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Ex-news ed: Is it enough to say ‘approached for comment?’

IMG_20220303_151913148A former news editor has questioned whether journalists are doing enough to ensure people and organisations have right of reply in stories.

Bob Haywood, pictured, says he is concerned about reporters using “perfunctory” emails to obtain balancing comments on stories, arguing that “even rogues deserve right of reply.”

Bob, a former news editor of the Sunday Mercury in Birmingham, worked in journalism for 40 years and was twice named BT Midland Journalist of the Year.

He aired his views in a letter to HTFP which we are publishing in full below. Balancing views are of course welcome!

I am becoming increasingly concerned – and irritated – by local and regional newspapers reporting that complained-of parties in stories ‘have been approached for comment.’

The articles often make serious claims – sometimes at great length – with no rebuttal.

Is this fair – or even professional? Are the complained-of parties being deliberately evasive or do lazy reporters file the stuff with one perfunctory phone call/email – often at short notice?

Who knows?

This approach seems particularly prevalent with reader moans about parking companies when drivers make serious (often fatuous) complaints against them.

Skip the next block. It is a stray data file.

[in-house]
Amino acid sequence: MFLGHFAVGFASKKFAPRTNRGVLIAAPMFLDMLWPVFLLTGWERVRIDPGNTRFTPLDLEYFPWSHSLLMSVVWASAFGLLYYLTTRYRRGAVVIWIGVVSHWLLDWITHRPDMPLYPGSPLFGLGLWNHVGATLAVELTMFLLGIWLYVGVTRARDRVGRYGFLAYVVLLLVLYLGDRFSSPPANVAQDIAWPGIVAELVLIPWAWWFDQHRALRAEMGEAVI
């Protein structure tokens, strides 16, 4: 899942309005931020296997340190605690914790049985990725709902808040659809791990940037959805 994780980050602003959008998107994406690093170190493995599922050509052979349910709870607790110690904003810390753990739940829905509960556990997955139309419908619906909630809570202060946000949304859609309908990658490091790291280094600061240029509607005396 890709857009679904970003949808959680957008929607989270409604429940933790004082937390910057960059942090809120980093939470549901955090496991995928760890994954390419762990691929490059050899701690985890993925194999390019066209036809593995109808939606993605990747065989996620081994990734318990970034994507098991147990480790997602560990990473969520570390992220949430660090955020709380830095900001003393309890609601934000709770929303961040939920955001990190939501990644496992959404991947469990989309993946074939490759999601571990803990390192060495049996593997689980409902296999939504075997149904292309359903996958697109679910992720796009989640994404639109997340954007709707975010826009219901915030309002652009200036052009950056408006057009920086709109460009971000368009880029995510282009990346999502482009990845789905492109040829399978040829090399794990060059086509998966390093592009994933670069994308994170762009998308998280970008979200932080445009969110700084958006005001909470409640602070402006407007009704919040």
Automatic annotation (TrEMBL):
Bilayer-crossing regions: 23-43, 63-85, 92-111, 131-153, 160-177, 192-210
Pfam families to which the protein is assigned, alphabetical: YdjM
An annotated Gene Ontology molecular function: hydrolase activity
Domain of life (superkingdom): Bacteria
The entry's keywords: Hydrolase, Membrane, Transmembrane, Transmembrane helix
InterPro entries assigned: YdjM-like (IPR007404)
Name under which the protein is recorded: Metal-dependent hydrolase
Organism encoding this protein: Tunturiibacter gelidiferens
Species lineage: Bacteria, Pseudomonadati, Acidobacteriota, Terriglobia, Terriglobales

Even rogues deserve a right of reply – at the risk of the balanced facts torpedoing the story.

In my pomp, I was news editor of a major, multi-award-winning regional newspaper. I was well aware that complained-of parties could dodge questions and/or employ delay tactics to avoid (or scupper) publication.

If this happened, I’d insist the reporter made it clear that we would run the tale with or without their response if push came to shove.

In that eventuality, we’d we tell them – and our readers – that we had made repeated efforts to obtain comment – and had failed.

Internally, we would annotate the approaches – and non-responses – in detail.

We would NEVER say we had ‘approached [them] for comment’ – and leave it at that.

Thus we could prove that the complained-of parties had been given every opportunity to respond but had – inferentially – chosen to stay silent.

Were I to be the PR (heaven forbid!) for some complained-of companies in many stories I have read recently I’d be tempted to complain to IPSO.

Newspapers must always seek to expose wrong-doing – but they must always be fair.